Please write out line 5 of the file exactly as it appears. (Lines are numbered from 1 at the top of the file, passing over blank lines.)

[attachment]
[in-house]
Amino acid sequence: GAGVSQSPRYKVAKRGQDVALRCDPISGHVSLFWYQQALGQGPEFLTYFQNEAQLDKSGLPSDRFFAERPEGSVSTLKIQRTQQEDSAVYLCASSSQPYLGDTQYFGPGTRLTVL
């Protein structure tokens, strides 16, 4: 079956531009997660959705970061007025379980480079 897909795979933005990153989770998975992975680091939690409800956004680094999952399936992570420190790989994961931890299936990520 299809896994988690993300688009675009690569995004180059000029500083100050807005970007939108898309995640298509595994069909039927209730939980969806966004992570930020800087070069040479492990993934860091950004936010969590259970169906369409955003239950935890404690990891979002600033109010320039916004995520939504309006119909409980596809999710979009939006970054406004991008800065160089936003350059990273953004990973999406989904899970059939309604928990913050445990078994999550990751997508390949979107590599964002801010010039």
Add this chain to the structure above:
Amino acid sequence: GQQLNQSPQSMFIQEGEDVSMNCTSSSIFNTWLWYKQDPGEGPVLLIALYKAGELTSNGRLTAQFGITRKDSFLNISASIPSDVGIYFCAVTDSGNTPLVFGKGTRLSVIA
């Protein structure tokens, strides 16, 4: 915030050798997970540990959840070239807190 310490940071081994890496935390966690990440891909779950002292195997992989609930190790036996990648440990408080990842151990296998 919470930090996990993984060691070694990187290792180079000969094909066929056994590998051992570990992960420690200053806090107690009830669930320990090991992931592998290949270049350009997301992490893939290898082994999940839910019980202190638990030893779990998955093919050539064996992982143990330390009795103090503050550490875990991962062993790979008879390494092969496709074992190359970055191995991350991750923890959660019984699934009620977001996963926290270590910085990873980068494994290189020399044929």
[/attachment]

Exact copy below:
Amino acid sequence: GQQLNQSPQSMFIQEGEDVSMNCTSSSIFNTWLWYKQDPGEGPVLLIALYKAGELTSNGRLTAQFGITRKDSFLNISASIPSDVGIYFCAVTDSGNTPLVFGKGTRLSVIA